European Council president Donald Tusk has talked defensively on trade this morning, saying that the EU must take steps to guard itself in future talks with the UK.
Speaking at the European Parliament in Strasbourg, Tusk said a future trade deal with the UK must include "safeguards" for the EU to protect it against any "unfair" regulatory advantages that the UK might gain.
Peter Bishop, deputy chief executive of the London Chamber of Commerce and Industry, said Tusk was looking for guarantees that Britain would not adopt an aggressive attitude towards trade if talks with the EU break down.
The UK could, for example, dramatically reduce corporation tax or make moves to subsidise exports.
"But that wouldn't be in the interest of anyone," Bishop told City A.M.
Leading European politicians, including German Chancellor Angela Merkel, have said that the EU will not start to discuss its future trading relationship with the UK until after Brexit negotiations are settled. The UK, however, has been pushing for concurrent talks, given that the negotiating period is only two years, and will not start in earnest until after the General Election.
If the UK does not secure a trading relationship with the EU before the end of the negotiating period, it will default to rules set by the World Trade Organisation (WTO). Under the WTO's system, tariffs on some goods would rise dramatically overnight, which some business groups have warned will push up food prices.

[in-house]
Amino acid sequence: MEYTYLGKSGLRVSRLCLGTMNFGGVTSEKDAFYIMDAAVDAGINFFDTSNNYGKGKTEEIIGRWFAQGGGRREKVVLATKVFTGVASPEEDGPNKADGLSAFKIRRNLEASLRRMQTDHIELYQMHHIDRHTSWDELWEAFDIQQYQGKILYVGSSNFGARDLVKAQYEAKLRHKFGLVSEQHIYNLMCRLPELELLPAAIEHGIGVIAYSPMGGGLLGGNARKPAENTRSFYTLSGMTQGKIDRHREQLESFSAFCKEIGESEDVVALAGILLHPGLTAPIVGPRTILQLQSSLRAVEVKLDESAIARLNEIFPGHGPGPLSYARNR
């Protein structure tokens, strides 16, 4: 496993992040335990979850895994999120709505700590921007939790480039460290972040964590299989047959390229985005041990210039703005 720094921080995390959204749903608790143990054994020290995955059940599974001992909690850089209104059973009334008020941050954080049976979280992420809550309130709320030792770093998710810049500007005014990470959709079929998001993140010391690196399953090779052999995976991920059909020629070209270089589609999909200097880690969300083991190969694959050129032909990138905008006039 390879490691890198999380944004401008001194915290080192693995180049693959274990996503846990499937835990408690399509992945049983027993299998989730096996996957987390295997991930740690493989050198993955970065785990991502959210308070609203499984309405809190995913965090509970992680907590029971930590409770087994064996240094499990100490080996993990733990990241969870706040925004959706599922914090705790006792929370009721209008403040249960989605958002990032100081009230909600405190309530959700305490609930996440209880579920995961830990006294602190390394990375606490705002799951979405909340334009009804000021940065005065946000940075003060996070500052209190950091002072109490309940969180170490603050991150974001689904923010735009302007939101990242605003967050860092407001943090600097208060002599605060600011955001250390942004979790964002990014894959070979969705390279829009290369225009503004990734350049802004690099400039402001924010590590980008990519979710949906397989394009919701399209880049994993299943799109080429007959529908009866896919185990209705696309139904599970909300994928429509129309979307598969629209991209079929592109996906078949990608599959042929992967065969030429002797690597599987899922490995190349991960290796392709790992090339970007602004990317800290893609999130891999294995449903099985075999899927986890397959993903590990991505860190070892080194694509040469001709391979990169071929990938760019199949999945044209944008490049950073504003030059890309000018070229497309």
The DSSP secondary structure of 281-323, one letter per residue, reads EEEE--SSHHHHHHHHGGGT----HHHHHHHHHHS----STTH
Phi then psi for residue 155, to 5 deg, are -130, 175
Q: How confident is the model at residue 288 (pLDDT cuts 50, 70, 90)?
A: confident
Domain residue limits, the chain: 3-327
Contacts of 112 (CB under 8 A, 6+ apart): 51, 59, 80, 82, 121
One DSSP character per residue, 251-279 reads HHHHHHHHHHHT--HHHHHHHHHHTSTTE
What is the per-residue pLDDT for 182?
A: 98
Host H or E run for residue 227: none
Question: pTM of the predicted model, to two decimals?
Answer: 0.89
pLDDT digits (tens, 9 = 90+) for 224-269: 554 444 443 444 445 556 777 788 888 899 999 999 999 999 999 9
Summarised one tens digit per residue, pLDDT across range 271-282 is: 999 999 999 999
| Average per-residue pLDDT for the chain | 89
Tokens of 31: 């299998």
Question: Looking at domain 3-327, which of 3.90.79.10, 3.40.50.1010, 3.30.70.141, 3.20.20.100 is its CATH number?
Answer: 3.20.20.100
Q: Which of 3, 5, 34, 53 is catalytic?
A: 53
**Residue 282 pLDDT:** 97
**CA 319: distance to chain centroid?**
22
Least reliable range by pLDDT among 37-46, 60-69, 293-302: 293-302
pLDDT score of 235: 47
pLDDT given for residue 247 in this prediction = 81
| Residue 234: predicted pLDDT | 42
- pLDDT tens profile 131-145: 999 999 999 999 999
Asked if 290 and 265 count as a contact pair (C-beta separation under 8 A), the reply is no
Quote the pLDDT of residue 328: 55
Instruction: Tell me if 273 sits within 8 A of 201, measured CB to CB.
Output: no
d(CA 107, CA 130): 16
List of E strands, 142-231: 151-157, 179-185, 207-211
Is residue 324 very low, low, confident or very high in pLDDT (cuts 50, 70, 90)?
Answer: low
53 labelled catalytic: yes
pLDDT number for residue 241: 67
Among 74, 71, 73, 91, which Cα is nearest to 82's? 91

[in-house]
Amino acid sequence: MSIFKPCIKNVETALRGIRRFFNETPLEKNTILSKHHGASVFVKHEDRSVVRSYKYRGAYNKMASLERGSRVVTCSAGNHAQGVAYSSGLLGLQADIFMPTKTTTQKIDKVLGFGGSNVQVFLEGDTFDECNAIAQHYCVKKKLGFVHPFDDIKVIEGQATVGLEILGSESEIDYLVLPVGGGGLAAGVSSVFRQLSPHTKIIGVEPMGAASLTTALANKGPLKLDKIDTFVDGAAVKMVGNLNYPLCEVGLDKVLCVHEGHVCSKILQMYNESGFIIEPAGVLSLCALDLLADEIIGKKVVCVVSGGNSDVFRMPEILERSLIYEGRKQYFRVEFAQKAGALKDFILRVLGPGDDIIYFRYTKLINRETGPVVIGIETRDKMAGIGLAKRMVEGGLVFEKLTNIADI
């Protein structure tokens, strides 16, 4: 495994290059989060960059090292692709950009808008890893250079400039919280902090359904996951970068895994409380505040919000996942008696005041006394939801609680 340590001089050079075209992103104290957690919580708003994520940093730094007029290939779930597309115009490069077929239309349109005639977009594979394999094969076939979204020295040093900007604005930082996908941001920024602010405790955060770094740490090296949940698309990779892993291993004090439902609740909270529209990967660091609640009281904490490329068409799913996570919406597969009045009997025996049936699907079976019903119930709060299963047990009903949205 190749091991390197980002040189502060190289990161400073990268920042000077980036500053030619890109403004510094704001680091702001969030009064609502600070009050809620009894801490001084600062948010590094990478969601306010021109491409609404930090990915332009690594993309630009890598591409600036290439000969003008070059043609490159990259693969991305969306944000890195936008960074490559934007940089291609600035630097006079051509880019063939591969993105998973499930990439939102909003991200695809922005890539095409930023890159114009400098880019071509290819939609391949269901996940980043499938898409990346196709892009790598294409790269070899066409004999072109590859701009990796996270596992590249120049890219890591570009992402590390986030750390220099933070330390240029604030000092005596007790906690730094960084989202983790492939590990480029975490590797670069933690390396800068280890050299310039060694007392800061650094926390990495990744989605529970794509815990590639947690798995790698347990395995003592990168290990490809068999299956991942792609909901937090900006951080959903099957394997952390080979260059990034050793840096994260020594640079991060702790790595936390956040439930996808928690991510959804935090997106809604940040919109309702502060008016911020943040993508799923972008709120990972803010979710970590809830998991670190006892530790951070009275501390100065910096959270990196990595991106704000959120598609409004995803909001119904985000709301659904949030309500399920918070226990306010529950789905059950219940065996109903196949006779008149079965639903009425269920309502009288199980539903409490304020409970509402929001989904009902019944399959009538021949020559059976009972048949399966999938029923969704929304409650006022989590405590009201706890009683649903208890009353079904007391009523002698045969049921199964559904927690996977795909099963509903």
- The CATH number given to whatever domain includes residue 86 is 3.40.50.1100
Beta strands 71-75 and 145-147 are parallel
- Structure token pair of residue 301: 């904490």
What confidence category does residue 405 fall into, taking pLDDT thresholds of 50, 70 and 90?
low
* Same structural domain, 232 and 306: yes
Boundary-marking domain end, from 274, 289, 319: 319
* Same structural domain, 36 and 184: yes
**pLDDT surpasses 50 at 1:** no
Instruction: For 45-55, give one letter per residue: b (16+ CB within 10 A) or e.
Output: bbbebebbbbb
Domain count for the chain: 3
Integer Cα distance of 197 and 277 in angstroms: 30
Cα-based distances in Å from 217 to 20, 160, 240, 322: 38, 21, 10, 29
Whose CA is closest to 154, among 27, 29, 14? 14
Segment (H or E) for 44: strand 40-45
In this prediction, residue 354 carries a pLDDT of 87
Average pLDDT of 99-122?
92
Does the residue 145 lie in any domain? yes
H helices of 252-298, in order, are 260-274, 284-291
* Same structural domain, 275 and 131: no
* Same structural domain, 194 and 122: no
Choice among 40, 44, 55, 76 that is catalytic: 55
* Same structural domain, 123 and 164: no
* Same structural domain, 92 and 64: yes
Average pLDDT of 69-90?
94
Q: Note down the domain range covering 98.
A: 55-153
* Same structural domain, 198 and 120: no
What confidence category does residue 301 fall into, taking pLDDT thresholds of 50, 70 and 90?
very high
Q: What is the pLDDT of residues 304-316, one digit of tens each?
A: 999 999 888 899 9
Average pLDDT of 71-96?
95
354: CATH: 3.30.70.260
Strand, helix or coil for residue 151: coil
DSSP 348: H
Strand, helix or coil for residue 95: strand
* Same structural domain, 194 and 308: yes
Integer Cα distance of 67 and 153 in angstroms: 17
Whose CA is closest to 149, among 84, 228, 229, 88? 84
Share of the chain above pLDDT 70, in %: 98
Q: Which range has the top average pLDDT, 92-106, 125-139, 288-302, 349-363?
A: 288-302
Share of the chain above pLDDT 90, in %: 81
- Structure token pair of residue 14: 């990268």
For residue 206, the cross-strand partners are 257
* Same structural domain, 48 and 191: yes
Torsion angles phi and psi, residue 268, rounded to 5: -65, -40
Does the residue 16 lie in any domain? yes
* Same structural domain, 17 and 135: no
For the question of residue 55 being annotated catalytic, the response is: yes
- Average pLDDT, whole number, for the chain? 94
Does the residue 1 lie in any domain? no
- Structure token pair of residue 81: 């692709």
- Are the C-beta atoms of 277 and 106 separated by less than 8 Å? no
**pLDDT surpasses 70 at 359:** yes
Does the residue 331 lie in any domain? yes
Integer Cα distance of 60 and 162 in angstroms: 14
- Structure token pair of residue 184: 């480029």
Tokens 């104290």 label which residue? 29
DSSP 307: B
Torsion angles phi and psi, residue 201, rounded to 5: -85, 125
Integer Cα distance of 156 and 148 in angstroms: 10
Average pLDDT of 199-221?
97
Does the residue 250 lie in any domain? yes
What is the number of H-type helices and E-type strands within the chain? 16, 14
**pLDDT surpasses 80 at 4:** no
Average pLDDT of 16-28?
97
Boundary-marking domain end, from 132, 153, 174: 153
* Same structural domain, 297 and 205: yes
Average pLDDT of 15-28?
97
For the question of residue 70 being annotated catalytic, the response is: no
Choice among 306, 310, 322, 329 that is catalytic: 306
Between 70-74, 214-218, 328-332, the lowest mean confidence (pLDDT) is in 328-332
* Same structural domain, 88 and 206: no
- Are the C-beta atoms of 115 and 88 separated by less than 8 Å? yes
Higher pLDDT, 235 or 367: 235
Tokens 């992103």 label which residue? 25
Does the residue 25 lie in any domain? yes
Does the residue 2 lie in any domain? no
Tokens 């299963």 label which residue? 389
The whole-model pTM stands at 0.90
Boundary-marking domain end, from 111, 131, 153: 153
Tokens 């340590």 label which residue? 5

But, in a statement released today, Tusk said:
It is clear that a free trade agreement between the EU and the UK, which is what the UK has chosen, even if it is ambitious and wide-ranging, cannot mean participation in the Single Market or its parts.
And at the same time, the UK must be aware that any free trade agreement will have to ensure a level playing field, and encompass safeguards against unfair competitive advantages through, inter alia, tax, social, environmental and regulatory measures and practices.
He said that this was the position agreed by the remaining 27 EU states at a European Council meeting at the end of April, when all member states agreed unanimously on the broad stance the bloc will take in Brexit negotiations.